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Democrat Jerry Brown, the once (1975-1983) and possibly future governor of California, sat unopposed and smiling on the sidelines these last few months as candidates for the Republican nomination for governor chewed each other up in the primary election ending tomorrow – the most expensive non-presidential campaign in U.S. history.

For the November election, Brown has the union money all lined up, the liberal elites unified, the deceptive conservative campaign rhetoric refined by focus groups. Once the youngest governor in California’s history, if elected, Brown would be the oldest. In a déjà vu campaign, Brown lusts to outdo his father’s two terms as governor.

But for many Californians with long memories, the question is what Jerry Brown will do to cope with the devastating effects his earlier terms as governor had on California. Here’s a little background:

When I was an undergraduate at the University of California in the late ’60s, Ronald Reagan was governor of California.

Then, California was the envy of the world – the Golden State. Higher education was essentially free – and the best in the world. We had the newest and best freeways, abundant, cheap electricity and water so abundant and cheap that many communities didn’t bother to meter it. New affordable housing communities sprang up every week as millions moved here for the fun, sun and the opportunity California promised.

State and local government taxes were low, less than half of today’s taxes even after adjusting for inflation and population growth. A business friendly environment produced unemployment rates always lower than the national average.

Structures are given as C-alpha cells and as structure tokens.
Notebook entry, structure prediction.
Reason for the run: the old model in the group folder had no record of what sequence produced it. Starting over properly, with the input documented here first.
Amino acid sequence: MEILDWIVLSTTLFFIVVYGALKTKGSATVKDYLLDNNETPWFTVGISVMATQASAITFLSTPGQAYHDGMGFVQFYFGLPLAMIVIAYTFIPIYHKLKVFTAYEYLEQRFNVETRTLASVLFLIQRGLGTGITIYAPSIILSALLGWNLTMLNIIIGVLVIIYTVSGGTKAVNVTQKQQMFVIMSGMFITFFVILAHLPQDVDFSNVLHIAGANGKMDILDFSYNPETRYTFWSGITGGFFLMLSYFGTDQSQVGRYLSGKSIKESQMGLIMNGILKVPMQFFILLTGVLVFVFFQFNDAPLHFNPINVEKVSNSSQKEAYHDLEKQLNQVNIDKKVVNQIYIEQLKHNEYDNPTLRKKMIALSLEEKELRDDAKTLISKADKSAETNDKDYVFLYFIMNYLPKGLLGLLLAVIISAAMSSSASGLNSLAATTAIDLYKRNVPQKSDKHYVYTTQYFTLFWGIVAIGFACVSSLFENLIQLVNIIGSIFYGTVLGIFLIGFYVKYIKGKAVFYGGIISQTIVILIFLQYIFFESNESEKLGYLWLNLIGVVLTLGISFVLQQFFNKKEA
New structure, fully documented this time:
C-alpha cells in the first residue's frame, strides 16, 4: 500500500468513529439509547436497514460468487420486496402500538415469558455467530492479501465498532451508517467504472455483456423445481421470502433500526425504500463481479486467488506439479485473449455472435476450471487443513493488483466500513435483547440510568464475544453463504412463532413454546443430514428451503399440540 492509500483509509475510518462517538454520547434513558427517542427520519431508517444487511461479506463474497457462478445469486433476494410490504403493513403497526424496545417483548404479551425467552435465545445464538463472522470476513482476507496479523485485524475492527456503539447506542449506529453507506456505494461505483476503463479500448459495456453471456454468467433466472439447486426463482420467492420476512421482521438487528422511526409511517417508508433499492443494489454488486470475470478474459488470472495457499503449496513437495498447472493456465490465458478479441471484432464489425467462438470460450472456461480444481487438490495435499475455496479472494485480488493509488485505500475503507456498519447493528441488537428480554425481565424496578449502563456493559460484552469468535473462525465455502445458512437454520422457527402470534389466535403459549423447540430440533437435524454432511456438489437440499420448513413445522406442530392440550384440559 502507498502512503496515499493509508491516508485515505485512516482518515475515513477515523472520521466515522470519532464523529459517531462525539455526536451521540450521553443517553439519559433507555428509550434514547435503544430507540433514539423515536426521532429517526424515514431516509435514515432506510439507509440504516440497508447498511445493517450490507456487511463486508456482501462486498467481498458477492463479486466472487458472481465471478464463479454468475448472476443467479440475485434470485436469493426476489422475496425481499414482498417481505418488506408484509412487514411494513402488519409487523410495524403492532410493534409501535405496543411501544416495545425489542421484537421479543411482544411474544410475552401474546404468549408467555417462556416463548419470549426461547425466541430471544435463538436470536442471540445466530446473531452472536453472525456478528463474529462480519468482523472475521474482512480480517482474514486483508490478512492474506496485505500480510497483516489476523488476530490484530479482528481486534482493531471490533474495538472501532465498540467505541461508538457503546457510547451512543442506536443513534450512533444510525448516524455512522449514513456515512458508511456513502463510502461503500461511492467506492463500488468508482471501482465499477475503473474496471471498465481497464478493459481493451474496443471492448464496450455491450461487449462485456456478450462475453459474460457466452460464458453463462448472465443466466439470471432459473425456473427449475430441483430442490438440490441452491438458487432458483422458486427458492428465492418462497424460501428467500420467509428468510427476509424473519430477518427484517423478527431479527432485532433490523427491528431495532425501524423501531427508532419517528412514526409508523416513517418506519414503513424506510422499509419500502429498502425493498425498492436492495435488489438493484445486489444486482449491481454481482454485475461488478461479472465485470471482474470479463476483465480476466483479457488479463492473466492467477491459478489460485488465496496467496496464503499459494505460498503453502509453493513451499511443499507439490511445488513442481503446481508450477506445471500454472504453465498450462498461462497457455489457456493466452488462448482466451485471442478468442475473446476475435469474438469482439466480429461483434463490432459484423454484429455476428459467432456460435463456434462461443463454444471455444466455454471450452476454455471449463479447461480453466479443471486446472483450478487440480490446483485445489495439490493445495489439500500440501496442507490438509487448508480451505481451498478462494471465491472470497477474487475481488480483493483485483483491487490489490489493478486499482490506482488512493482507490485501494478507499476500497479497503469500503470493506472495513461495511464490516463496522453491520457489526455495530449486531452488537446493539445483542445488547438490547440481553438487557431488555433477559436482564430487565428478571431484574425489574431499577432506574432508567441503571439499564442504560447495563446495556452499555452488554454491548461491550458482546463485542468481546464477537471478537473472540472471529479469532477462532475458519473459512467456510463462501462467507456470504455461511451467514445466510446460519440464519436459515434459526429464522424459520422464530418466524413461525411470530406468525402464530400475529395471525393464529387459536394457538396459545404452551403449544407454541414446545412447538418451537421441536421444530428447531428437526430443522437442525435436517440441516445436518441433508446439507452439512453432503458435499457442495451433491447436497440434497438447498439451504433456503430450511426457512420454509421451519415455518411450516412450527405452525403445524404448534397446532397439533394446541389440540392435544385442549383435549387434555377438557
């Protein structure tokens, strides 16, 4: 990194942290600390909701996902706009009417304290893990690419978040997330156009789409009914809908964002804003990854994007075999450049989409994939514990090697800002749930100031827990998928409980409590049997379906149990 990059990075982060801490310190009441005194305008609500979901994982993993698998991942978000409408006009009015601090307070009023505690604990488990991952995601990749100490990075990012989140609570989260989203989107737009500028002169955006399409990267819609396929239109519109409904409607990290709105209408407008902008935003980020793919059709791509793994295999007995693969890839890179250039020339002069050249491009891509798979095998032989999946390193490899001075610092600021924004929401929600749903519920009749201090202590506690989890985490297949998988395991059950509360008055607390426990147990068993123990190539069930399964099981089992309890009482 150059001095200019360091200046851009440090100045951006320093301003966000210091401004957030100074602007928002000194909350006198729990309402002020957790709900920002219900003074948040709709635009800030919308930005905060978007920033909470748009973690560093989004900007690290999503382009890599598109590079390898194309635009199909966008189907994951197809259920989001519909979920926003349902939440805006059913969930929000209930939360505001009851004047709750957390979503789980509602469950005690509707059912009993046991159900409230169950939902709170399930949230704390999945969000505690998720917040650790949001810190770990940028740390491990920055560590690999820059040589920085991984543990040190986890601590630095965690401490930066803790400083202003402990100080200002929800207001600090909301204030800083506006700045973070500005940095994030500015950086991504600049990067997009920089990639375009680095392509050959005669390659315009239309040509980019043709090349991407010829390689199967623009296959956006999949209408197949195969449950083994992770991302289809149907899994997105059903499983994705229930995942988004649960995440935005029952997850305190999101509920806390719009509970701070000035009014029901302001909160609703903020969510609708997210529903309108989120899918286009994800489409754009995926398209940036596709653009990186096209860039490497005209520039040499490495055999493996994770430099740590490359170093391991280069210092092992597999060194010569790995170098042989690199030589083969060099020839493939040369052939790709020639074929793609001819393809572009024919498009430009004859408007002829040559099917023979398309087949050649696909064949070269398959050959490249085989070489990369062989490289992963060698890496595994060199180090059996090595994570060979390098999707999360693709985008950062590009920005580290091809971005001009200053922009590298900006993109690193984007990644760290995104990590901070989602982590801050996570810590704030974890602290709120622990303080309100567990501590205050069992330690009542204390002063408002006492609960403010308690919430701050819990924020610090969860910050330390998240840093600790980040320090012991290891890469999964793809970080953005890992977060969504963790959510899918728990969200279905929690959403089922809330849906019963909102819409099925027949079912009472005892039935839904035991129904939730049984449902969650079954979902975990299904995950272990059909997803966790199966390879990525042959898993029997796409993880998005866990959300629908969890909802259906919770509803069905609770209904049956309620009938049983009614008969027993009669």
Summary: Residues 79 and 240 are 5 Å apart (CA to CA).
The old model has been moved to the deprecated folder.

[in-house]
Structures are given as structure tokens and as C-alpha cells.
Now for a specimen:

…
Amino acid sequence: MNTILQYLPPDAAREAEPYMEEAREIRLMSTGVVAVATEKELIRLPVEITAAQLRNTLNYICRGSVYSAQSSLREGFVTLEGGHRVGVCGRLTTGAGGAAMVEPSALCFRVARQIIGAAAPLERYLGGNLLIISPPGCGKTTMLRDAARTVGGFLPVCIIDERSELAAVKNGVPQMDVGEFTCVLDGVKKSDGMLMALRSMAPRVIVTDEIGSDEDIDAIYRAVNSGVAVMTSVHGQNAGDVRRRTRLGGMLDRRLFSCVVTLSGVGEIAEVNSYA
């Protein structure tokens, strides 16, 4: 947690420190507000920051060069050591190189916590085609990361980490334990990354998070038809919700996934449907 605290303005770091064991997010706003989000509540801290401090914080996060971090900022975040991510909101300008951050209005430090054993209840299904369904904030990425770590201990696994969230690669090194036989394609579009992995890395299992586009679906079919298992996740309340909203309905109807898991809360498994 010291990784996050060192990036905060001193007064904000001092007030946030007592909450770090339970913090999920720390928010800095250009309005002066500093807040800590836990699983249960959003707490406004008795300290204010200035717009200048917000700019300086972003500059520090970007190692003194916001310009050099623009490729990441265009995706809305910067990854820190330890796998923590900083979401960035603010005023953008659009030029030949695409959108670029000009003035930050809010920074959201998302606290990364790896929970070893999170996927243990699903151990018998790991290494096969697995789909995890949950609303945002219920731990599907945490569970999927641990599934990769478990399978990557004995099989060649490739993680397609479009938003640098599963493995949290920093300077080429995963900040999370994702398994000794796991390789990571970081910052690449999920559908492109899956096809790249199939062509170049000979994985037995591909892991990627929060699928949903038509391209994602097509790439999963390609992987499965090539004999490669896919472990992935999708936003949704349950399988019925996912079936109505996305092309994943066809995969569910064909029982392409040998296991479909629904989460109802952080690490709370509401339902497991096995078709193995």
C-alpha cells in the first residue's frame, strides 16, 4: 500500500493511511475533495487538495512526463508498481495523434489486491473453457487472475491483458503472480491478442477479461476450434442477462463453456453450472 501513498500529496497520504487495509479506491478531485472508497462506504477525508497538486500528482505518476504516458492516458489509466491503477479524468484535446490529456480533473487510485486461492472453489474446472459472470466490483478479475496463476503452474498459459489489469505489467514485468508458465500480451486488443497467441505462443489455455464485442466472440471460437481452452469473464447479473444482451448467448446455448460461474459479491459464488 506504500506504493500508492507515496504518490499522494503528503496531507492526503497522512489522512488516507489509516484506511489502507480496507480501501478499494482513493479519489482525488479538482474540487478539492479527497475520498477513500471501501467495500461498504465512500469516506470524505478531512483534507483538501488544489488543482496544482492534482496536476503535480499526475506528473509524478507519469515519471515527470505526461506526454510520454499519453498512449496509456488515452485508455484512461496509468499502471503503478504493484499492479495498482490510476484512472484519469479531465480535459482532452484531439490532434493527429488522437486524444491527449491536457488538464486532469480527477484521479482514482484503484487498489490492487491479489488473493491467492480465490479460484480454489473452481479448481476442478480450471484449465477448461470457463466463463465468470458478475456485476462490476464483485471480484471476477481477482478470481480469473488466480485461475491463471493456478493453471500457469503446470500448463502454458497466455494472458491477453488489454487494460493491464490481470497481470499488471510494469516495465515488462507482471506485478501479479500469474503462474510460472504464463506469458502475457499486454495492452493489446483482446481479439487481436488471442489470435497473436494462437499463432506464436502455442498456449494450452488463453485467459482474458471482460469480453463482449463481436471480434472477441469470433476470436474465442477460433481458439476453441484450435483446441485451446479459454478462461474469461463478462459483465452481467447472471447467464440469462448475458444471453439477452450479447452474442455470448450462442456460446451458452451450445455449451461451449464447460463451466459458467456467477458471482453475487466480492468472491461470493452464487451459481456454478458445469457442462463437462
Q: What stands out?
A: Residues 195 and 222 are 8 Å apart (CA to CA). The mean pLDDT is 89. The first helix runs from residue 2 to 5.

Today, California is a third-world basket case. The K-12 system is collapsing under rising dropout rates and ever poorer performance by the students who remain. The university system is top heavy with expensive bureaucrats, riddled with politically correct “classes” and excludes the poor with ever-rising student “fees.”

The state has stopped building new freeways, halted new power plants and created a man-made “dust bowl” in the fertile Central Valley by blocking water for humans in favor of water for fish. Business is evil incarnate, requiring ever more regulation. Taxes are the highest in the nation, unemployment higher. Millions of productive Californians are leaving for the opportunities in neighboring states. And for those who remain here, the livin’ ain’t easy.

How did this happen? It started with the 1974 election of new-age, radical leftist Jerry Brown and liberal majorities in the state Legislature.

Brown preached a vision of an “era of limits” translating widespread 1970s public concern about air and water pollution and the countryside being paved over by suburbia into big government central planning. New environmental standards helped the environment but delayed and made more expensive everything from hospitals to housing.

Brown canceled the freeway program with some routes abandoned that were already under construction. He canceled dam projects and new aqueducts. He established the California Energy Commission to block new power plants. He expanded the role of the Air Resources Board to the point that bakeries were required to install expensive scrubbers on their exhaust fans to protect the public from the “polluting” smell of freshly baked bread.